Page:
Can We Really Ever Forget?

A question flashes through my head as I write these words: can our minds actually allow us to forget?

The way God has made us with that internal filing system we call "memory"—it is doubtful we can fully forget even the things we want to forget.

Please understand that I'm not referring to forgetting in the technical or literal sense of the term. Rather, I'm thinking about forgetting the same way Paul did in 1 Corinthians 13:4–5 when he said:

Love is patient, love is kind and is not jealous; love does not brag and is not arrogant, does not act unbecomingly; it does not seek its own, is not provoked, does not take into account a wrong suffered.

True servants, when demonstrating genuine love, don't keep score. Webster's defines forget as "to lose the remembrance of . . . to treat with inattention or disregard . . . to disregard intentionally: OVERLOOK . . . to cease remembering or noticing . . . to fail to become mindful at the proper time."1

That's the thought. A couple verses of Scripture illustrate and encourage this greathearted virtue.

Those who love Your law have great peace,
And nothing causes them to stumble. (Psalm 119:165)

The psalmist openly declares that those who possess a deep love for God's Word will have great measures of His shalom . . . and, in addition, they will be big enough to resist stumbling over offenses.

Jesus hinted at this when He spoke out against a judgmental spirit. Read His words carefully.

"Do not judge so that you will not be judged. For in the way you judge, you will be judged; and by your standard of measure, it will be measured to you. Why do you look at the speck that is in your brother's eye, but do not notice the log that is in your own eye? Or how can you say to your brother, 'Let me take the speck out of your eye,' and behold, the log is in your own eye? You hypocrite, first take the log out of your own eye, and then you will see clearly to take the speck out of your brother's eye." (Matthew 7:1–5)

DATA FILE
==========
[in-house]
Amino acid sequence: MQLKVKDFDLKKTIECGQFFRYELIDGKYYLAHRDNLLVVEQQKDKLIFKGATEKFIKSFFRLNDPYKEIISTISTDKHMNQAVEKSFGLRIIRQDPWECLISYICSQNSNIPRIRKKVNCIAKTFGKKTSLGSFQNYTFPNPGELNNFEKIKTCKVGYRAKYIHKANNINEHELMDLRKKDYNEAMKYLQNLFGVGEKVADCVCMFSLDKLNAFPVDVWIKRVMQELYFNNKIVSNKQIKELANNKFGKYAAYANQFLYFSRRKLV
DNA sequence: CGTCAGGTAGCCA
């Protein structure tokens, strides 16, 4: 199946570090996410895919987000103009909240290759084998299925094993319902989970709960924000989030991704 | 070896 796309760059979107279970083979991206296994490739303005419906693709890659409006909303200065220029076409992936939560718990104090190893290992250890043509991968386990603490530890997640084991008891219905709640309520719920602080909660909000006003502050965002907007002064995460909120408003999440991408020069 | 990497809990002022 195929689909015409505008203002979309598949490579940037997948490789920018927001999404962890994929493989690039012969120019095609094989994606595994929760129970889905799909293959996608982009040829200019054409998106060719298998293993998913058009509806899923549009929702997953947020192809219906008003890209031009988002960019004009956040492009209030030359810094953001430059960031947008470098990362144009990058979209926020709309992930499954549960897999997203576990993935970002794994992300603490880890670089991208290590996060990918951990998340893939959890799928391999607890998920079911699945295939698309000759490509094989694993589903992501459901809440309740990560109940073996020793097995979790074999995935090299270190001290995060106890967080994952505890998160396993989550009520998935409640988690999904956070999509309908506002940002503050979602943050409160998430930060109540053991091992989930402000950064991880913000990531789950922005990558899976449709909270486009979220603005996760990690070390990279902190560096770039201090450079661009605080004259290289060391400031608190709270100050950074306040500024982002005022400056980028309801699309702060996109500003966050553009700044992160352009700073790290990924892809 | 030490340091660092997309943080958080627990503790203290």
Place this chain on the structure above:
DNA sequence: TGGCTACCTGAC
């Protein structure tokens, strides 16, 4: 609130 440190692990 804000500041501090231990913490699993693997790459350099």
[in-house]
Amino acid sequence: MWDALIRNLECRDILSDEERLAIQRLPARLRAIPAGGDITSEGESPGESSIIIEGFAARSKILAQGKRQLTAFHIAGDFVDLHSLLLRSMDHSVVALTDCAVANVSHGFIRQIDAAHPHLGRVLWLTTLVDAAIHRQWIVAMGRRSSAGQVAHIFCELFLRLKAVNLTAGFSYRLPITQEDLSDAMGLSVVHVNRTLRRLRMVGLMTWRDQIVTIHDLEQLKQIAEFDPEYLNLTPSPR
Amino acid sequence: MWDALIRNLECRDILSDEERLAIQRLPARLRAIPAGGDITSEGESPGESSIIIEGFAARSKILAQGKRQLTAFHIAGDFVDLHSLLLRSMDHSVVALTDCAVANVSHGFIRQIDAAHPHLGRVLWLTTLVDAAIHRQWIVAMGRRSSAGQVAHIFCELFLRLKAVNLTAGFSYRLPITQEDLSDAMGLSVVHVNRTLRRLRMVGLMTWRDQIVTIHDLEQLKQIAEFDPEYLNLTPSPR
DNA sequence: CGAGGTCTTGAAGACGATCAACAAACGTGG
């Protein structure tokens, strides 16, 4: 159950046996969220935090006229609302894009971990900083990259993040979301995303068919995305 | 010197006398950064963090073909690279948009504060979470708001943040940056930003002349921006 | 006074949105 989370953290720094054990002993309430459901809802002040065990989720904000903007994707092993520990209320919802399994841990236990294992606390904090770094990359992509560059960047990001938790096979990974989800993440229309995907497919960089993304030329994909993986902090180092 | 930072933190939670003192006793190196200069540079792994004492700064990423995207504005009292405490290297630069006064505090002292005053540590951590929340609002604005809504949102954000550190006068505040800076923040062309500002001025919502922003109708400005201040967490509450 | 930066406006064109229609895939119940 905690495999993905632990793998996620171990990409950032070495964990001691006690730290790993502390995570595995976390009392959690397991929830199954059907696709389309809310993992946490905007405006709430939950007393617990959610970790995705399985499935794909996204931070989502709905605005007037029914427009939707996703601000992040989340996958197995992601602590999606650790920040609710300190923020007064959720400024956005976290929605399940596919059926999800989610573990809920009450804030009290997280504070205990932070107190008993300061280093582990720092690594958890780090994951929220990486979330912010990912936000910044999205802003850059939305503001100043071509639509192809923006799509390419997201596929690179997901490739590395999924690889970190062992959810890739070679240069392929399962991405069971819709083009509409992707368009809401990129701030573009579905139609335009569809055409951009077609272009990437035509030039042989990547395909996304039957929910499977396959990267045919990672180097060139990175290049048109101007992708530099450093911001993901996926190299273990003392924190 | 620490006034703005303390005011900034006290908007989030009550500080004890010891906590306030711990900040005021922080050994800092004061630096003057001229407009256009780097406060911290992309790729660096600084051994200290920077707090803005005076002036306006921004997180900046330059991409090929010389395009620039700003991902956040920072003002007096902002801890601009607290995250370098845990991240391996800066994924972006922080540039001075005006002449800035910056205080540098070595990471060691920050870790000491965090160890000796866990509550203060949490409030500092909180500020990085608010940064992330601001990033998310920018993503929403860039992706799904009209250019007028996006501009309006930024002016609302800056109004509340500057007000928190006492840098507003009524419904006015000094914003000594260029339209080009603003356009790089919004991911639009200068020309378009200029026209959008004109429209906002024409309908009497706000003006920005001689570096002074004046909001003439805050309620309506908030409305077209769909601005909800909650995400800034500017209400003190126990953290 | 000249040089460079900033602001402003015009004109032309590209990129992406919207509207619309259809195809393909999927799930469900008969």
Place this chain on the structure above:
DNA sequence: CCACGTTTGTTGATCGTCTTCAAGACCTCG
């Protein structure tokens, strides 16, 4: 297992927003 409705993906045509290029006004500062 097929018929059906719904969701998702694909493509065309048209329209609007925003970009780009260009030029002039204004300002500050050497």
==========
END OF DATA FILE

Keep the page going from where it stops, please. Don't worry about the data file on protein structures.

So, as we talk about "forgetting," let's understand that we mean:

  • Refusing to keep score (1 Corinthians 13:5)
  • Being bigger than any offense (Psalm 119:165)
  • Harboring no judgmental attitude (Matthew 7:1–5)

“Forgetting” an offense means we refuse to keep score and harbor no judgmental attitude.

Charles R. Swindoll Tweet This
  1. Merriam-Webster’s Collegiate Dictionary, 11th ed. (Springfield, Mass.: Merriam-Webster, 2007), see "forget."

Taken from Improving Your Serve by Charles R. Swindoll. Copyright © 1981 by Charles R. Swindoll, Inc. Used by permission of Thomas Nelson. www.thomasnelson.com

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